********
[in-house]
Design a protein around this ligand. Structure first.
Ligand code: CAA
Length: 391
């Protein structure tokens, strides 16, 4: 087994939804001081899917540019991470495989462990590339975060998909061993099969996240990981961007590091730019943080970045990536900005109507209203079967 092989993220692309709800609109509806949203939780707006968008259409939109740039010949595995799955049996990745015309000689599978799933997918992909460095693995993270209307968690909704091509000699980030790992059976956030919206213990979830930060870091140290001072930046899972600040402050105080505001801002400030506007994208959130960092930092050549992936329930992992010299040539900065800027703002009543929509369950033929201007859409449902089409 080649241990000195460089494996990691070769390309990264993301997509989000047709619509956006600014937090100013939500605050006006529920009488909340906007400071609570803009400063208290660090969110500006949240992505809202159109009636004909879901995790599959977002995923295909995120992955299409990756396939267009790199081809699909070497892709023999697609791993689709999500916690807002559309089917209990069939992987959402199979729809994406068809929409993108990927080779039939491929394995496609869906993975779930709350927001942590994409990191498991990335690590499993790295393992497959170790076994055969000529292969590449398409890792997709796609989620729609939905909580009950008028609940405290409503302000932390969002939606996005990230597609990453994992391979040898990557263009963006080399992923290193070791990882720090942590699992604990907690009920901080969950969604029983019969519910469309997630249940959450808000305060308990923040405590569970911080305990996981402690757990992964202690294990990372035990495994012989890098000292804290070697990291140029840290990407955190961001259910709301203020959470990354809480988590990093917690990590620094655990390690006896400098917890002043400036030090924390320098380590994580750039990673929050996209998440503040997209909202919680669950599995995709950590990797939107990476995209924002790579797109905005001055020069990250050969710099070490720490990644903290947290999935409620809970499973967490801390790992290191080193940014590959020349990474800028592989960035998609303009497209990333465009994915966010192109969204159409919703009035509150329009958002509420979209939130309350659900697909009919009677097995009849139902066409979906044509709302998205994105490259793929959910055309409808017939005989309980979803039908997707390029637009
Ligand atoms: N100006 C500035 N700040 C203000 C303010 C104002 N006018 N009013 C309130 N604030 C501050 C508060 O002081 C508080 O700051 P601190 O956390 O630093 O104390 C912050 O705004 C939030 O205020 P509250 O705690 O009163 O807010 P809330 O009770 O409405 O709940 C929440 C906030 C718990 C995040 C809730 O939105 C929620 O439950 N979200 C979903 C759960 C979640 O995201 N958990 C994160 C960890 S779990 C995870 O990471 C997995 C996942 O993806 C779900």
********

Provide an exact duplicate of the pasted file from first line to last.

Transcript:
[in-house]
Design a protein around this ligand. Structure first.
Ligand code: CAA
Length: 391
């Protein structure tokens, strides 16, 4: 087994939804001081899917540019991470495989462990590339975060998909061993099969996240990981961007590091730019943080970045990536900005109507209203079967 092989993220692309709800609109509806949203939780707006968008259409939109740039010949595995799955049996990745015309000689599978799933997918992909460095693995993270209307968690909704091509000699980030790992059976956030919206213990979830930060870091140290001072930046899972600040402050105080505001801002400030506007994208959130960092930092050549992936329930992992010299040539900065800027703002009543929509369950033929201007859409449902089409 080649241990000195460089494996990691070769390309990264993301997509989000047709619509956006600014937090100013939500605050006006529920009488909340906007400071609570803009400063208290660090969110500006949240992505809202159109009636004909879901995790599959977002995923295909995120992955299409990756396939267009790199081809699909070497892709023999697609791993689709999500916690807002559309089917209990069939992987959402199979729809994406068809929409993108990927080779039939491929394995496609869906993975779930709350927001942590994409990191498991990335690590499993790295393992497959170790076994055969000529292969590449398409890792997709796609989620729609939905909580009950008028609940405290409503302000932390969002939606996005990230597609990453994992391979040898990557263009963006080399992923290193070791990882720090942590699992604990907690009920901080969950969604029983019969519910469309997630249940959450808000305060308990923040405590569970911080305990996981402690757990992964202690294990990372035990495994012989890098000292804290070697990291140029840290990407955190961001259910709301203020959470990354809480988590990093917690990590620094655990390690006896400098917890002043400036030090924390320098380590994580750039990673929050996209998440503040997209909202919680669950599995995709950590990797939107990476995209924002790579797109905005001055020069990250050969710099070490720490990644903290947290999935409620809970499973967490801390790992290191080193940014590959020349990474800028592989960035998609303009497209990333465009994915966010192109969204159409919703009035509150329009958002509420979209939130309350659900697909009919009677097995009849139902066409979906044509709302998205994105490259793929959910055309409808017939005989309980979803039908997707390029637009
Ligand atoms: N100006 C500035 N700040 C203000 C303010 C104002 N006018 N009013 C309130 N604030 C501050 C508060 O002081 C508080 O700051 P601190 O956390 O630093 O104390 C912050 O705004 C939030 O205020 P509250 O705690 O009163 O807010 P809330 O009770 O409405 O709940 C929440 C906030 C718990 C995040 C809730 O939105 C929620 O439950 N979200 C979903 C759960 C979640 O995201 N958990 C994160 C960890 S779990 C995870 O990471 C997995 C996942 O993806 C779900």